Advancements in evaluating reliability of nondestructive technologies for the detection of subsurface fracture damage in R.C. bridge decks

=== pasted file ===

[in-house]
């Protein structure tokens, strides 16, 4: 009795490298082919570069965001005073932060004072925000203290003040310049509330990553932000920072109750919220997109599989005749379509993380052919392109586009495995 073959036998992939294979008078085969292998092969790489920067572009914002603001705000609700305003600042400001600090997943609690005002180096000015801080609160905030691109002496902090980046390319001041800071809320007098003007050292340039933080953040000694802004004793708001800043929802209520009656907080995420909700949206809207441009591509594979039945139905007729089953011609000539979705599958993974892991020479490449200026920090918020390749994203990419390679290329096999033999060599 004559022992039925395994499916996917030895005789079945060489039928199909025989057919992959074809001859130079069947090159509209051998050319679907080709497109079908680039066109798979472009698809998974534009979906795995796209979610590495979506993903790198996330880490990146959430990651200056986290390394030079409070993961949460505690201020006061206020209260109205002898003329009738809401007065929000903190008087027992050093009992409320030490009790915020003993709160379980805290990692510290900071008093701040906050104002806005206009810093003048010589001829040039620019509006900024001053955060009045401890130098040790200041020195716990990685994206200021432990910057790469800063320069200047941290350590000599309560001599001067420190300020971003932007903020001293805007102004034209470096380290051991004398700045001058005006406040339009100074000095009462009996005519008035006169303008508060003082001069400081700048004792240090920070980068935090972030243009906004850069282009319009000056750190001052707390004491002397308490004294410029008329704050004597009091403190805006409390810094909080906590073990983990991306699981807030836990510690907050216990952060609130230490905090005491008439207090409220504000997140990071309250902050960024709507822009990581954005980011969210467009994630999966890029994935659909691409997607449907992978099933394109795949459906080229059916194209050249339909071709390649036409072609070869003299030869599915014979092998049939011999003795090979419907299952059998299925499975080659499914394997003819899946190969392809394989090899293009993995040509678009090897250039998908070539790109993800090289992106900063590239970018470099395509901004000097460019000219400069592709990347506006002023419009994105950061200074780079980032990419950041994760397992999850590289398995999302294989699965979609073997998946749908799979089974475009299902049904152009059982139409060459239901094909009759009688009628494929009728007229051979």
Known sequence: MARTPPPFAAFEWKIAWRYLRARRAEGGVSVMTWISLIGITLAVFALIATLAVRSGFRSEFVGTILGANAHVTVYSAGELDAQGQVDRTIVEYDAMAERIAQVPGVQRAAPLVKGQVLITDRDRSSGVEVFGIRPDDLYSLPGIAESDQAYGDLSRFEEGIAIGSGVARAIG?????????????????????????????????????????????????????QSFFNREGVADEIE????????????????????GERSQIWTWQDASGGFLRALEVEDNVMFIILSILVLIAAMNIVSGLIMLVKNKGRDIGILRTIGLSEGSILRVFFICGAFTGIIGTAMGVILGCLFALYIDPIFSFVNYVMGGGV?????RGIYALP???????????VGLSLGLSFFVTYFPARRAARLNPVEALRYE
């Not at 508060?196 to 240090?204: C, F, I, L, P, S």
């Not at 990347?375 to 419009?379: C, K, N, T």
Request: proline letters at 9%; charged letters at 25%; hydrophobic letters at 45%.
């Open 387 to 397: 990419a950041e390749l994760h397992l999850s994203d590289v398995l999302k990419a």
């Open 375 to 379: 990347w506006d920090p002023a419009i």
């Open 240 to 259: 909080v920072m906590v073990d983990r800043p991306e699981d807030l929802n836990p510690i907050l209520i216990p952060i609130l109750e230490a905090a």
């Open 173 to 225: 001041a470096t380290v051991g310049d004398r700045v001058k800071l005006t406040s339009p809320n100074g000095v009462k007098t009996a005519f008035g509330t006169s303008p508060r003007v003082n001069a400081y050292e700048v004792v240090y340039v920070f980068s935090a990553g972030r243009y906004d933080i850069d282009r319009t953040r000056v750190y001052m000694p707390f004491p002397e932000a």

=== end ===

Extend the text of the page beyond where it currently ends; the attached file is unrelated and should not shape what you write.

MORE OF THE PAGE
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During the last few decades, many efforts have been made to assess the reliability of nondestructive evaluation (NDE) technologies used for the detection of subsurface damage in concrete bridge decks. During these efforts, reliability of NDE technologies has either been described anecdotally, or been solely relegated to the probability of detection (POD) or accuracy estimation. Although these indices are important, most of the previous work did not take into account the probability of false alarm (POFA) of NDE technologies, nor did they investigate the reliability considering multiple threshold settings throughout test results. In addition, the existing body of research has used a limited physical sampling such as coring to validate NDE results. Consequently, the assessments were rather controversial, and there was no general agreement about the reliability of such technologies. Because most diagnosis systems are characterized by noisy data and less than perfect detection characteristics, reliability is to be carefully assessed considering all possible diagnosis output with multiple threshold settings within practical range of applications. In other words, when NDE data do not fall into either of the two obviously defined categories: true positive (TP), meaning the NDE data indicates a defect and there is a defect, or true negative (TN), meaning the NDT data indicates no defect and there is no defect, reliability analysis should also include the two types of incorrect indications: failure to give a positive indication in the presence of a defect (false negative, FN) and giving a positive indication when there is no defect (a false alarm or false positive, FP). The \three decades of NDI reliability assessments" report developed by Karta Technologies, Inc. in 2000 under supervision of the Air Force NDI Office stated that POD alone cannot describe the reliability of NDE technologies unless the probability of false alarm (POFA) is also considered in the analysis. POFA may be induced by noise with several possible sources: human, nature of phenomenon to be measured, and environmental conditions. The report covered nearly 150 reports and manuscripts from over 100 authors. However, a review of research literature reveals that little theoretical work on the reliability assessment in terms of both POD and POFA has been undertaken since then. In this research, the reliability of impact echo (IE), infrared thermography (IRT), and ground penetration radar (GPR) technologies for the detecting of subsurface damage in concrete plate-like members is assessed by using a statistical analysis method called receiver operating characteristic (ROC). The proposed analysis method has the capability to integrate POD and POFA indices over a wide range of decision threshold settings in a single curve, which is useful in assessing trade-off in choosing a threshold and for quantitatively comparing the performance of NDE technologies. This methodology for assessing NDE reliability is intended to provide a more effective means of comparing different technologies used in civil engineering applications, to make the evaluation process of a quantitative scheme, to reduce subjectivity and variability in interpreting NDE data, and to improve sensitivity to extract more information from NDE data. Area under ROC curve (AUC), which is interpreted as the probability of correctly classifying an arbitrarily pair of negative and positive test points, can provide for the desired quantitative reliability index, which can be used to compare the performance of one NDE technology to another. Results of this research obtained from ROC analysis indicate a great ability of IE and IR in detecting subsurface fracture damage such as delamination and debonding. In both technologies, there exist some threshold settings that can provide for a relatively high POD with very low POFA, and consequently, the areas under their ROC curves were very high. Data obtained from GPR testing, on the other hand, indicates that GPR technology has a very limited ability to detect physical damage such as subsurface delamination. This conclusion contrasts with that been argued by a large body of the previous work. However, GPR showed a good sensitivity to the presence of corrosive environments such as moisture and chloride when the concentrations of these factors are above some threshold values that may facilitate the initiation of steel reinforcement corrosion.
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